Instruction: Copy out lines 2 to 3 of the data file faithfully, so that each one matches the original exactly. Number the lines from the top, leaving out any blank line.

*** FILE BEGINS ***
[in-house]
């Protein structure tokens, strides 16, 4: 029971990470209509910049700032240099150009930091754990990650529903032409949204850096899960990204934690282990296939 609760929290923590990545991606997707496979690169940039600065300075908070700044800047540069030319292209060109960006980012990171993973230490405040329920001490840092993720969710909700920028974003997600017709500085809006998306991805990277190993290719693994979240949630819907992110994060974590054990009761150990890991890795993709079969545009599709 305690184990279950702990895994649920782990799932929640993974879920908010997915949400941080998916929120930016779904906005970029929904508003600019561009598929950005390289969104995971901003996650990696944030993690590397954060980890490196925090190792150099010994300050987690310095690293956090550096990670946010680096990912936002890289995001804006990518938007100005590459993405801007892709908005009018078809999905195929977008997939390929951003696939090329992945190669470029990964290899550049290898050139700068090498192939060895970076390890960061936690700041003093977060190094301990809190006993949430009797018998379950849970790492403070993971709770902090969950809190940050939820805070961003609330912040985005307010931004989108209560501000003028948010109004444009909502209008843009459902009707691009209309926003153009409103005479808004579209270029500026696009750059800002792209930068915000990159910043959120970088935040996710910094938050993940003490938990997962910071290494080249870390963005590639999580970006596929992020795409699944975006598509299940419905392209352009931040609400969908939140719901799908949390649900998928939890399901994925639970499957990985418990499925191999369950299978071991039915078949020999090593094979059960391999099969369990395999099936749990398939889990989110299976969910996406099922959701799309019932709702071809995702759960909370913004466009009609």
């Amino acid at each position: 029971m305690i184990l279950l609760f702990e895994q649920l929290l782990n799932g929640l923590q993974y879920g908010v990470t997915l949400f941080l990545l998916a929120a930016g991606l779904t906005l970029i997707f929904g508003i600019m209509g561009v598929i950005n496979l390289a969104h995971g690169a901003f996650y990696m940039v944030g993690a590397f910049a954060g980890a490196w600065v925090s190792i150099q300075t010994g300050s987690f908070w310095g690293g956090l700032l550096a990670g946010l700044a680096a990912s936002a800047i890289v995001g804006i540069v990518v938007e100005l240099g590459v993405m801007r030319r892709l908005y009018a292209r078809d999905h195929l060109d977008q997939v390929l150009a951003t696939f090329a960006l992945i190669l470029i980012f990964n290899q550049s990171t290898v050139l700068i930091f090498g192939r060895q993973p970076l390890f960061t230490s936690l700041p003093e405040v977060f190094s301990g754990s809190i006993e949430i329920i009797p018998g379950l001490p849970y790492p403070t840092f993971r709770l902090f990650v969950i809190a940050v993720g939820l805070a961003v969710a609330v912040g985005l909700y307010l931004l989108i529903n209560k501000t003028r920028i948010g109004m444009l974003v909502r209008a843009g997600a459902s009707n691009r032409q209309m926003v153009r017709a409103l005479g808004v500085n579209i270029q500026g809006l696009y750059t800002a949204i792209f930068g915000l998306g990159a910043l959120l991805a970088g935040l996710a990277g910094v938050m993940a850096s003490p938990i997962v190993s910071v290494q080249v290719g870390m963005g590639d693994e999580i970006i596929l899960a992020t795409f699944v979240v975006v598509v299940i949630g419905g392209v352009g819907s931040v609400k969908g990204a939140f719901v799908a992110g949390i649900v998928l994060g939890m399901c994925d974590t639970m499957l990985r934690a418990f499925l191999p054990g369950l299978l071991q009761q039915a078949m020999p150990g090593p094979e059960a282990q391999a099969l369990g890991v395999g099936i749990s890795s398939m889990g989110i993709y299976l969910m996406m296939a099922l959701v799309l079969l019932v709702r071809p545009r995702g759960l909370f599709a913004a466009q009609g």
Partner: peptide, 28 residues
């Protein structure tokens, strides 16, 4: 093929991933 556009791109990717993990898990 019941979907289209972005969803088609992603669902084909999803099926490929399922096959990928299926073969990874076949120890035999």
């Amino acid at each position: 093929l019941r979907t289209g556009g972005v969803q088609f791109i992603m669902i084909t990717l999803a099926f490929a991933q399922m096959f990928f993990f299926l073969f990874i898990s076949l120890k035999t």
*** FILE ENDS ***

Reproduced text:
């Protein structure tokens, strides 16, 4: 029971990470209509910049700032240099150009930091754990990650529903032409949204850096899960990204934690282990296939 609760929290923590990545991606997707496979690169940039600065300075908070700044800047540069030319292209060109960006980012990171993973230490405040329920001490840092993720969710909700920028974003997600017709500085809006998306991805990277190993290719693994979240949630819907992110994060974590054990009761150990890991890795993709079969545009599709 305690184990279950702990895994649920782990799932929640993974879920908010997915949400941080998916929120930016779904906005970029929904508003600019561009598929950005390289969104995971901003996650990696944030993690590397954060980890490196925090190792150099010994300050987690310095690293956090550096990670946010680096990912936002890289995001804006990518938007100005590459993405801007892709908005009018078809999905195929977008997939390929951003696939090329992945190669470029990964290899550049290898050139700068090498192939060895970076390890960061936690700041003093977060190094301990809190006993949430009797018998379950849970790492403070993971709770902090969950809190940050939820805070961003609330912040985005307010931004989108209560501000003028948010109004444009909502209008843009459902009707691009209309926003153009409103005479808004579209270029500026696009750059800002792209930068915000990159910043959120970088935040996710910094938050993940003490938990997962910071290494080249870390963005590639999580970006596929992020795409699944975006598509299940419905392209352009931040609400969908939140719901799908949390649900998928939890399901994925639970499957990985418990499925191999369950299978071991039915078949020999090593094979059960391999099969369990395999099936749990398939889990989110299976969910996406099922959701799309019932709702071809995702759960909370913004466009009609």
């Amino acid at each position: 029971m305690i184990l279950l609760f702990e895994q649920l929290l782990n799932g929640l923590q993974y879920g908010v990470t997915l949400f941080l990545l998916a929120a930016g991606l779904t906005l970029i997707f929904g508003i600019m209509g561009v598929i950005n496979l390289a969104h995971g690169a901003f996650y990696m940039v944030g993690a590397f910049a954060g980890a490196w600065v925090s190792i150099q300075t010994g300050s987690f908070w310095g690293g956090l700032l550096a990670g946010l700044a680096a990912s936002a800047i890289v995001g804006i540069v990518v938007e100005l240099g590459v993405m801007r030319r892709l908005y009018a292209r078809d999905h195929l060109d977008q997939v390929l150009a951003t696939f090329a960006l992945i190669l470029i980012f990964n290899q550049s990171t290898v050139l700068i930091f090498g192939r060895q993973p970076l390890f960061t230490s936690l700041p003093e405040v977060f190094s301990g754990s809190i006993e949430i329920i009797p018998g379950l001490p849970y790492p403070t840092f993971r709770l902090f990650v969950i809190a940050v993720g939820l805070a961003v969710a609330v912040g985005l909700y307010l931004l989108i529903n209560k501000t003028r920028i948010g109004m444009l974003v909502r209008a843009g997600a459902s009707n691009r032409q209309m926003v153009r017709a409103l005479g808004v500085n579209i270029q500026g809006l696009y750059t800002a949204i792209f930068g915000l998306g990159a910043l959120l991805a970088g935040l996710a990277g910094v938050m993940a850096s003490p938990i997962v190993s910071v290494q080249v290719g870390m963005g590639d693994e999580i970006i596929l899960a992020t795409f699944v979240v975006v598509v299940i949630g419905g392209v352009g819907s931040v609400k969908g990204a939140f719901v799908a992110g949390i649900v998928l994060g939890m399901c994925d974590t639970m499957l990985r934690a418990f499925l191999p054990g369950l299978l071991q009761q039915a078949m020999p150990g090593p094979e059960a282990q391999a099969l369990g890991v395999g099936i749990s890795s398939m889990g989110i993709y299976l969910m996406m296939a099922l959701v799309l079969l019932v709702r071809p545009r995702g759960l909370f599709a913004a466009q009609g």